VICTORIA – In their classic movie ‘Life of Brian’, the British comedy troupe Monty Python spoofs a crumbling Roman Empire and its disorganized enemies.
Among those foes is the People’s Front for Judea, determined to bring the empire down and free its victims. Alas, it finds itself locked in a bitter rivalry with a splinter group calling itself the Judean People’s Front. The huddling, oppressed Judeans themselves aren’t much helped by their constant, pointless in-fighting.
The resemblance to today’s B.C. political scene is striking. Emperor Gordon the Green is marking his final days. Plotters in his own Senate have sheathed their knives only now that he has agreed to speed his chariot to the exit. His taxes have so enraged the peasantry, there are fears that only his Convention Coliseum and Great Road to Whistler will be left to mark his reign.
And what does the opposition do, even as the torches and pitchforks of a people’s militia clear a broad path to the throne? It finds itself locked in a bitter dispute with a 13-member splinter group – perhaps they should call themselves the Newer Democratic Party. The rebels got their wish last Monday, as Carole James resigned as leader. The question is, now what?
The Baker’s Dozen, a default label for these rebels, were united by one notion. James must make way for a leadership contest against no declared rival, as soon as possible, because she has no compelling ideas.
I’ve been trying to point this out for years. “Innovative ideas are what the NDP needs now,” this column declared in December 2006, when the first rumblings about James’ leadership were surfacing.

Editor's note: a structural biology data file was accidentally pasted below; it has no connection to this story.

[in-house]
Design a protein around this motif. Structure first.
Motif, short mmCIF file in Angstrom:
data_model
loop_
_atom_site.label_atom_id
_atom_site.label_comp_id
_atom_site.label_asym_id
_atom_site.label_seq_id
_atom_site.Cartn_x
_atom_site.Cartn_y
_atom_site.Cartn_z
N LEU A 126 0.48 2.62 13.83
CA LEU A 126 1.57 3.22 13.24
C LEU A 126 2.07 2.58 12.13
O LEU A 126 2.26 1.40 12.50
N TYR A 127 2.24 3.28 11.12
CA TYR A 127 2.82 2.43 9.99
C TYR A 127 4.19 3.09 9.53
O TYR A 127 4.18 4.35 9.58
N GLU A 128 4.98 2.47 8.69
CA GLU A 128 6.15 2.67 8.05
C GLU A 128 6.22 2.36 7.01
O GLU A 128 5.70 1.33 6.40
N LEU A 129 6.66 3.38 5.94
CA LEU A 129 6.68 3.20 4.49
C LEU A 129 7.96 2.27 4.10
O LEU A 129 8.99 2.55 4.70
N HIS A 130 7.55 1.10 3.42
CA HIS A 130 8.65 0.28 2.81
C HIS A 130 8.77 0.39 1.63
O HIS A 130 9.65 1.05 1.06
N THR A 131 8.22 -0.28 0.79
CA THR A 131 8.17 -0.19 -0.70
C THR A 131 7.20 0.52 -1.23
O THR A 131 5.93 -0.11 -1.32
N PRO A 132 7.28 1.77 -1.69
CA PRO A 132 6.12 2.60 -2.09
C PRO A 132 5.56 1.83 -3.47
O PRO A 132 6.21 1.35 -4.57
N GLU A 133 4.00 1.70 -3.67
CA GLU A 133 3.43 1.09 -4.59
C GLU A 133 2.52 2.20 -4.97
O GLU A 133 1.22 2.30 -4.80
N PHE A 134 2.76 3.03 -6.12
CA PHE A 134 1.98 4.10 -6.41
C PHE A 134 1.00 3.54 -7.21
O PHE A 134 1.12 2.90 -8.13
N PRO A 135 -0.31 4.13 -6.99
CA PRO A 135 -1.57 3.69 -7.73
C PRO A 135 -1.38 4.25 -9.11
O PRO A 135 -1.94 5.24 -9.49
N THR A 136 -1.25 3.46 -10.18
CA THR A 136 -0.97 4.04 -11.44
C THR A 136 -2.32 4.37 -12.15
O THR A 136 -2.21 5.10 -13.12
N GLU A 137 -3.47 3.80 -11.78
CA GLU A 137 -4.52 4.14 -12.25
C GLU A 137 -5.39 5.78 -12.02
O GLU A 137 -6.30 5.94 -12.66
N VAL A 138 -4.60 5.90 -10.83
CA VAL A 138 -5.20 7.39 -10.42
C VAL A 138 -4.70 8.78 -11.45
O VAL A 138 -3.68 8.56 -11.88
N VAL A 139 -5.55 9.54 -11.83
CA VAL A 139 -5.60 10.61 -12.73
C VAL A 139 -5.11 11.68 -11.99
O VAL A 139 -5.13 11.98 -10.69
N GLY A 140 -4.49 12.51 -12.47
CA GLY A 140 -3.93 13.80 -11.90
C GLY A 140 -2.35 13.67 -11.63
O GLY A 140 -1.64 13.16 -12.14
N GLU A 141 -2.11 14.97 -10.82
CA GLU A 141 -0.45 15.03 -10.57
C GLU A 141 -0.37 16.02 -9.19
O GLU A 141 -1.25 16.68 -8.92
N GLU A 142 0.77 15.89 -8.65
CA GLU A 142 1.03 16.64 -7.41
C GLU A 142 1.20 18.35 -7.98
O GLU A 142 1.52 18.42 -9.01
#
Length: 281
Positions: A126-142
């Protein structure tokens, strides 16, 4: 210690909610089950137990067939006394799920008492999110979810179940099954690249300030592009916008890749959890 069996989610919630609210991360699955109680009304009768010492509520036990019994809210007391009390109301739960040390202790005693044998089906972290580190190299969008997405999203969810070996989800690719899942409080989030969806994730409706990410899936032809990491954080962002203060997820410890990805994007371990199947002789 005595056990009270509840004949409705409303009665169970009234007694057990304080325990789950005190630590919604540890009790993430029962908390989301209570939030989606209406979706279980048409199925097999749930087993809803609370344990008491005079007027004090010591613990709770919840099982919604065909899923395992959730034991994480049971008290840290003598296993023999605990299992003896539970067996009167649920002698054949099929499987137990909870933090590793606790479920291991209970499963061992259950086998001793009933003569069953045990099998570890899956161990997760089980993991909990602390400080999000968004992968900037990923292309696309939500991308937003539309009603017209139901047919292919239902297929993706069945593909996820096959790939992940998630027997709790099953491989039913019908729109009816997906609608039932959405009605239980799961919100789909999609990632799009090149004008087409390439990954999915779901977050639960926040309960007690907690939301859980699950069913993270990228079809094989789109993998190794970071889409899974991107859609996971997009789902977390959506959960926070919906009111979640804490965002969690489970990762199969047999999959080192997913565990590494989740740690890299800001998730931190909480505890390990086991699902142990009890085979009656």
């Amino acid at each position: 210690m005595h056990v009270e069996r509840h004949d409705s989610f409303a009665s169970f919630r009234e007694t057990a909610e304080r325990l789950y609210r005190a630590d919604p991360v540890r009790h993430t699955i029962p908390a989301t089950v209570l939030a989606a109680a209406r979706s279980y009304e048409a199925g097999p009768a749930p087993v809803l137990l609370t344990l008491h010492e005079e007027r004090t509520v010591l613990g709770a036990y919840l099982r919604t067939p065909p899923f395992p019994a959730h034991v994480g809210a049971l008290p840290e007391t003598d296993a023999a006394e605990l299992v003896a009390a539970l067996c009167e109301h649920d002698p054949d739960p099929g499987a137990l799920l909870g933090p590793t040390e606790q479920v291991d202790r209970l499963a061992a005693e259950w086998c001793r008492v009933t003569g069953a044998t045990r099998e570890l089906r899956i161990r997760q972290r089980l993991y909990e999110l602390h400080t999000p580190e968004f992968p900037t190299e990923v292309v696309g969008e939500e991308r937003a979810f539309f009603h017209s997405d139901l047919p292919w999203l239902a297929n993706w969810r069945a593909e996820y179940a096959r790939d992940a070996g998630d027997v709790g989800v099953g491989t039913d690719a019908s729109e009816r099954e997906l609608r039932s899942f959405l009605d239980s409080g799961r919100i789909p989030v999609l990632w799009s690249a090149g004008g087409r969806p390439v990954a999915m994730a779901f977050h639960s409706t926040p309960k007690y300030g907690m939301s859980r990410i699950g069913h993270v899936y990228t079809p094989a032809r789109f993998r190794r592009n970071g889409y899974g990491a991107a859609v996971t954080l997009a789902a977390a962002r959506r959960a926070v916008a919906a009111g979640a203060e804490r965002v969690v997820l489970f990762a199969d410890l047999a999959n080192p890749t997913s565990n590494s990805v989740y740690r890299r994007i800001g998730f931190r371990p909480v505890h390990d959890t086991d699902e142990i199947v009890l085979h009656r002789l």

At that point, the NDP’s health-care focus was exploiting the grief of seniors forced into separate care homes by their divergent medical needs.
Two years later, the NDP would denounce B.C.’s innovative carbon tax. This was not driven by any substantive logic, a fact that was demonstrated when they dropped their objections after the 2009 election.
The common thread with the separated seniors and the carbon tax is that these were merely tactics. See something unpopular and oppose it.
The same empty tactics have guided the NDP through the drama over the harmonized sales tax. They still haven’t said clearly what they would do with it. Events have moved faster than their ability to formulate even the beginnings of an actual plan.
I spent some time last weekend on the NDP’s policy development website, called Our Province Our Future. Did you know that this major initiative was launched this past spring? Didn’t think so.
There are impressive studies about topics like the volatility of commodity markets. B.C. has started making serious inroads into the Chinese lumber market, driven by aggressive government promotion programs.
What has the NDP done? Opposed it, claiming all we can do is sell low-grade lumber at a loss.
What’s the NDP’s latest wood product idea? Our Province Our Future has a discussion paper that ends with a series of important questions, such as “What can be done to generate a shift toward high value-added production?”
There are lots of questions, but I didn’t find any answers.
The Baker’s Dozen split with James began with the expulsion of Cariboo North MLA Bob Simpson. His crime was to say that seven years into her leadership, James offers few ideas.
Gordon Campbell’s problem was having too many ideas. His record for cabinet reorganizations alone should stand for all time.
The NDP still looks like a front group for public-sector unions and not much else.
Tom Fletcher is legislative reporter and columnist for Black Press and BCLocalnews.firstname.lastname@example.org